My favorite class in college was a robotics course taught by a brilliant professor who invented the first laser eye surgery chair. He was incredibly thorough, had more knowledge of robotics and the robotics industry than anyone I’ve met since, and in general was a pretty cool guy. The robots in class were basic pick-and-place ABB devices that we would program to move, count, stack, or perform any possible function within the work envelope. I’ve seen plenty of robots since then, as recently as this afternoon when I watched an engineer plug in a 3D printed robot to his laptop to perform a simple pick-and-place function. But for some reason, whenever I work through a robotics application I go back to the same class where we would code and recode the machines until the operations were perfect.
Recently, I worked through an application in which robotic arms were pulling gears out of a hobbing process. During the transfer, an additional blow off was needed to remove cutting oil so that it didn’t fall on to walkways and pose a danger to personnel. The end user in this case wanted to know whether it would be possible to pass the gear/arm assembly through an air curtain to remove the oil and remove the hazard.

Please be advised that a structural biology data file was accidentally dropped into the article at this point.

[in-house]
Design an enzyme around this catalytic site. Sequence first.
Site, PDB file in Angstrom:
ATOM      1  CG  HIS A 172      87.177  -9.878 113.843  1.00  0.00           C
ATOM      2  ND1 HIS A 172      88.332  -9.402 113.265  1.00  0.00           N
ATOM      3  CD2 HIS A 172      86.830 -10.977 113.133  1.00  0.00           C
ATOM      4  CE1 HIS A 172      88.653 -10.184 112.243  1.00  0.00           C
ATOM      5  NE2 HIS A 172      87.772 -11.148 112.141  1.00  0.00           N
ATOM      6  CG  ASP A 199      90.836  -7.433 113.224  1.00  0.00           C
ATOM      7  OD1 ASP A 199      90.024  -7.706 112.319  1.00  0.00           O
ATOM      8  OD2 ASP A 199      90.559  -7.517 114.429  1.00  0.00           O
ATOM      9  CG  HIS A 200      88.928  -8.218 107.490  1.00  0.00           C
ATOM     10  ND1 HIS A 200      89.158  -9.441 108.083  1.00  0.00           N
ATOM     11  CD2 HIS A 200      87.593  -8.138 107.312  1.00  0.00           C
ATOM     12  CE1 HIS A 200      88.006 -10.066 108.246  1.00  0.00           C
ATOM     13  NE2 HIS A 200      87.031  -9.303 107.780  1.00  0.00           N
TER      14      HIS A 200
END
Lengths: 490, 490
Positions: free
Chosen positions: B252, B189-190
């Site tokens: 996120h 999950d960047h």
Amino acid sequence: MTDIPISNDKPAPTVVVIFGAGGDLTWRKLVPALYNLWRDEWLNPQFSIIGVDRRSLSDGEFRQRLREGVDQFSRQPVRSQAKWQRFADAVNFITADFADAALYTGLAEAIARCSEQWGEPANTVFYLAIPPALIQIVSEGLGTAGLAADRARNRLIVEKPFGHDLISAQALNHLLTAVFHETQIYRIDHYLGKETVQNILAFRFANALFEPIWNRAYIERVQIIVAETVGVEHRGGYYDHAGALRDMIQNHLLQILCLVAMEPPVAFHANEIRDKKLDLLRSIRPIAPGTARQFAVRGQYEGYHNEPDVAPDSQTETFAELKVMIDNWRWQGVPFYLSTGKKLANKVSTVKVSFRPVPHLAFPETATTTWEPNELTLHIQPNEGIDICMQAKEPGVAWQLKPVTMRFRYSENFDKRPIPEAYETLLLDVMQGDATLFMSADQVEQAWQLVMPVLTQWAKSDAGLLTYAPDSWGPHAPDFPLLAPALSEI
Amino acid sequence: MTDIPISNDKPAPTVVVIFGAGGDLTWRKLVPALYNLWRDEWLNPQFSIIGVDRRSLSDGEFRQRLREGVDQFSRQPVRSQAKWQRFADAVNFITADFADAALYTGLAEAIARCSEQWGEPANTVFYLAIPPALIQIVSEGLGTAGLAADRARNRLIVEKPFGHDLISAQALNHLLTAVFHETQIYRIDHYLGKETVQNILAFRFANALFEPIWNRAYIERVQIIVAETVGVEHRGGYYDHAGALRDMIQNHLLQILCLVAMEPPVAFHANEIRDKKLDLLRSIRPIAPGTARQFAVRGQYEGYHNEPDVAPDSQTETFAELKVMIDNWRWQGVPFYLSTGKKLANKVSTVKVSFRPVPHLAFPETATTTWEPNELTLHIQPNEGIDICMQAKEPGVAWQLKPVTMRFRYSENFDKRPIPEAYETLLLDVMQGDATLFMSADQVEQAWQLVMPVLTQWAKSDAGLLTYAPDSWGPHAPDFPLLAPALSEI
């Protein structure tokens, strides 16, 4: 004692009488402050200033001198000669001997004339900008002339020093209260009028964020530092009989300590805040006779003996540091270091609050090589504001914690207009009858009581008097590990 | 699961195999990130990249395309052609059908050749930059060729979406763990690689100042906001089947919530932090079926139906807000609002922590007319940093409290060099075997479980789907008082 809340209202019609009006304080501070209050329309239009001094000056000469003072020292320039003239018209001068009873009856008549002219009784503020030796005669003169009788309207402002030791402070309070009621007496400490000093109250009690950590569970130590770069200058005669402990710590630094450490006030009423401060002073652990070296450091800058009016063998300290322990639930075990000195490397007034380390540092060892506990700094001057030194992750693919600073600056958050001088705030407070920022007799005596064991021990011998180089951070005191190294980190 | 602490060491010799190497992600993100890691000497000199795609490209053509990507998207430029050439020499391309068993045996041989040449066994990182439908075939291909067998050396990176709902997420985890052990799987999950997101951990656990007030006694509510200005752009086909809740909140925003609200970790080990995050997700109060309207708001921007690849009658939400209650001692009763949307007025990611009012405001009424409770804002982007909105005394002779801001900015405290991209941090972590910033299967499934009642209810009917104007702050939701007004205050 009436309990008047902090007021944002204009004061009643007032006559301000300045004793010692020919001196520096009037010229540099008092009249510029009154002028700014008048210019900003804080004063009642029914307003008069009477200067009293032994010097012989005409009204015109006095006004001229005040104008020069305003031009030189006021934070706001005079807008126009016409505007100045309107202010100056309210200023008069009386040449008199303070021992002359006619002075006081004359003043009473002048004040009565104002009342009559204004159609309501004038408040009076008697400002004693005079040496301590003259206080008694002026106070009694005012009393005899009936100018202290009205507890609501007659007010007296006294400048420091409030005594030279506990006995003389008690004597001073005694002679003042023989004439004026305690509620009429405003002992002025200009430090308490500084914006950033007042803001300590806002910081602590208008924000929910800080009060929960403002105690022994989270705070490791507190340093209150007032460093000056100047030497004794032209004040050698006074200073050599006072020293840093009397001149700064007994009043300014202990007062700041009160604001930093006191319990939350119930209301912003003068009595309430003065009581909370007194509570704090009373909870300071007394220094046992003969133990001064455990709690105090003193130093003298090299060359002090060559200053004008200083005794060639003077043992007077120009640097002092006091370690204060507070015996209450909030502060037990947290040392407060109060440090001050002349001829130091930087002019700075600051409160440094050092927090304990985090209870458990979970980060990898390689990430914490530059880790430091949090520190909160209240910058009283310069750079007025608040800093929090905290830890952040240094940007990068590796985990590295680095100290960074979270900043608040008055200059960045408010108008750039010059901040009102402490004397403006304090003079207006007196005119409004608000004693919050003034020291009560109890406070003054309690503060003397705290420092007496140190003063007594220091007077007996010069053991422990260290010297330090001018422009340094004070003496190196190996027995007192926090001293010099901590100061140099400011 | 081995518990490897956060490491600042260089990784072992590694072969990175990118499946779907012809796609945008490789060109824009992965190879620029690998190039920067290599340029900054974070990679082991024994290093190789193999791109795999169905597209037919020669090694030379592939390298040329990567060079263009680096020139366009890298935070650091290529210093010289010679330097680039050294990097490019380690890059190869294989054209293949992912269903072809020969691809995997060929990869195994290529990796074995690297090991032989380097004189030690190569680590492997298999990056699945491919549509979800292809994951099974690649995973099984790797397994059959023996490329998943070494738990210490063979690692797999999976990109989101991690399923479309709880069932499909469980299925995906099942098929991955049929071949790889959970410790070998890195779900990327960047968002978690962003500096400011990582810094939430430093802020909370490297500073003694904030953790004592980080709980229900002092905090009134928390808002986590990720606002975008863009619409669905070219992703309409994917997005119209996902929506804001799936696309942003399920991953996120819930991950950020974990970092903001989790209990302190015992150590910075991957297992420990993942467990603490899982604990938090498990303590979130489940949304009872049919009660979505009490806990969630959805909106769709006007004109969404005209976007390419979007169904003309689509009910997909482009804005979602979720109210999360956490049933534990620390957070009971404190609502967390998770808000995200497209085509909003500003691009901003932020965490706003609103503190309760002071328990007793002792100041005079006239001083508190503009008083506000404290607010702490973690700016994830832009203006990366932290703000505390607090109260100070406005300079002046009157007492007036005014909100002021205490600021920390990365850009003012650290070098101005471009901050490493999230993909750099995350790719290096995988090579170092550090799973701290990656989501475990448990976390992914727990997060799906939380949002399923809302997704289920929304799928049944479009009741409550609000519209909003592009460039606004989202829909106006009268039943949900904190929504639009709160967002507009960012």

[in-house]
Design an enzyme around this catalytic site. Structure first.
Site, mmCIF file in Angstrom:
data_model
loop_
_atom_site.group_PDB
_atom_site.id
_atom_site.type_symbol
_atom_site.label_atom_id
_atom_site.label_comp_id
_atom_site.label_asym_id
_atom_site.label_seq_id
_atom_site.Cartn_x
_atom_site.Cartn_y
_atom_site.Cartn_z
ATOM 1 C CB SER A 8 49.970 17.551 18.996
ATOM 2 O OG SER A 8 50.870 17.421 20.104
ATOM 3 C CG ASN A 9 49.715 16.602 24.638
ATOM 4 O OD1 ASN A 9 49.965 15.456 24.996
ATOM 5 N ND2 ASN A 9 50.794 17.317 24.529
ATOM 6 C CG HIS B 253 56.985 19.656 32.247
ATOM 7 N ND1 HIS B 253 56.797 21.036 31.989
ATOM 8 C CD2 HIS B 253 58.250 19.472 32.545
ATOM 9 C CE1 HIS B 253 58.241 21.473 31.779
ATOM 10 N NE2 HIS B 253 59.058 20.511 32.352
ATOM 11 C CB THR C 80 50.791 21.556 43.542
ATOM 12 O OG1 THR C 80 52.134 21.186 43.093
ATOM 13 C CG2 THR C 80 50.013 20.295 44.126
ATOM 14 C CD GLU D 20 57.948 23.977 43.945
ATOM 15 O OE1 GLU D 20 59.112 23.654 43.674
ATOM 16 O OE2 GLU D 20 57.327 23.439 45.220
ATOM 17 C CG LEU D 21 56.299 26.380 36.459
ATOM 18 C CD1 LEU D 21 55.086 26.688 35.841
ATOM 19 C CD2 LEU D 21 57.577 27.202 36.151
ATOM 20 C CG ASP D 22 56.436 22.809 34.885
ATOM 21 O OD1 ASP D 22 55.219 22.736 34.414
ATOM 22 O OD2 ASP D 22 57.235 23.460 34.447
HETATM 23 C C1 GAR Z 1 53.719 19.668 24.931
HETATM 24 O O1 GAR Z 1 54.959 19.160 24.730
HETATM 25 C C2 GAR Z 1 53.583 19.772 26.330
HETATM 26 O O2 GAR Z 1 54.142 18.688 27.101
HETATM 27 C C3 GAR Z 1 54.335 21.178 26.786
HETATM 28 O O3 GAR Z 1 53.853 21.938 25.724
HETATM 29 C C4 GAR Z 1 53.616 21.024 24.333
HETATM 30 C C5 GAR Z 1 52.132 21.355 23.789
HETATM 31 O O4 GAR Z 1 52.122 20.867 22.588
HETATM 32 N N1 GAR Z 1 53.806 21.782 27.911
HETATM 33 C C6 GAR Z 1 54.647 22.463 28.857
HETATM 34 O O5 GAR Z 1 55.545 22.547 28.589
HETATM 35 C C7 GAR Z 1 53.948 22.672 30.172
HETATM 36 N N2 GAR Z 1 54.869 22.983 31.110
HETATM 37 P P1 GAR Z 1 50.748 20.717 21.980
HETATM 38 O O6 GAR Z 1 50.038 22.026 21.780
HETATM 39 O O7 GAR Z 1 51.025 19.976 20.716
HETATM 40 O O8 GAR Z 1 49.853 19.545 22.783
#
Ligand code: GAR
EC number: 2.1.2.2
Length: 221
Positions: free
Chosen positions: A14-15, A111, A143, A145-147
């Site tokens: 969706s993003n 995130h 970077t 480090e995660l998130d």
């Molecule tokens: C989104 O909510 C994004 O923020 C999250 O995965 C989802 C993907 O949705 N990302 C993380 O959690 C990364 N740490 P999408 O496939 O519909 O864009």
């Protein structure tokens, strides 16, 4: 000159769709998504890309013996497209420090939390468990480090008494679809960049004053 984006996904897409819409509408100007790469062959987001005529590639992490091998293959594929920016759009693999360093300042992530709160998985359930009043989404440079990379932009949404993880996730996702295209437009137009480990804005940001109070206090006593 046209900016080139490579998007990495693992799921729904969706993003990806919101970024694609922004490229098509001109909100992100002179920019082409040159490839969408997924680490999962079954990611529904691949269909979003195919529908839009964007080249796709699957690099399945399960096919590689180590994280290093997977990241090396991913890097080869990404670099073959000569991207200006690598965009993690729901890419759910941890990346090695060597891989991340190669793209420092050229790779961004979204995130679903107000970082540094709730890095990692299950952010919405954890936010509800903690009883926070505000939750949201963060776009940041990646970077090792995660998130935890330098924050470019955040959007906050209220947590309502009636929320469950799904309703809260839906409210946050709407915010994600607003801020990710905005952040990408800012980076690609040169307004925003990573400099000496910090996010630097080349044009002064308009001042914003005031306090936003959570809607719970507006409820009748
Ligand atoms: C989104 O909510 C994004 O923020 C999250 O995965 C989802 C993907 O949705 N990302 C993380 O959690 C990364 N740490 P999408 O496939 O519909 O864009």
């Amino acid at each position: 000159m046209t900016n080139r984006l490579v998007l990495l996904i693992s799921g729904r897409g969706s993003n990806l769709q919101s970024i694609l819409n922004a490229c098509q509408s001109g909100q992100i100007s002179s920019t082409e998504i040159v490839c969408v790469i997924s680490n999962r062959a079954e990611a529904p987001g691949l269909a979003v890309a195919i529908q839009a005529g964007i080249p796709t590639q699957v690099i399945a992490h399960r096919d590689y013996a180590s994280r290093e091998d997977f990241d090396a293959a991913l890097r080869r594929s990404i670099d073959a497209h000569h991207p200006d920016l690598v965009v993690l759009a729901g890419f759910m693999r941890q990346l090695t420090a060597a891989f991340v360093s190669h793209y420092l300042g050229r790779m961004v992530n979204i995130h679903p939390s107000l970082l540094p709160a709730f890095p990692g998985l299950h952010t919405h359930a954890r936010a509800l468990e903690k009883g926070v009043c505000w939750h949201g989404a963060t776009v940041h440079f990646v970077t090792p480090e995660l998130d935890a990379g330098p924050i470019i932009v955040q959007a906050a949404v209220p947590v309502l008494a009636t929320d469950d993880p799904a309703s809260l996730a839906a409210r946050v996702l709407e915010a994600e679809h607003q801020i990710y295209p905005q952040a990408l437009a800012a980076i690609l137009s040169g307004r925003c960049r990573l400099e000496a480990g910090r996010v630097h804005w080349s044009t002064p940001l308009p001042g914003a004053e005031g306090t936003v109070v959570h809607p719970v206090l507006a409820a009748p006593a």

We came to the design above, which uses two Super Air Knives to create opposing blow off forces for the gear/arm assembly. The gears pass through this blow off after being removed from the previous stage in the process, and the oil which is blown off of the gears is fed right back into the previous stage. This not only allows for a high force blow off, but saves wasted cutting oil.
If you have an application that could benefit from an engineered solution, contact an EXAIR Application Engineer.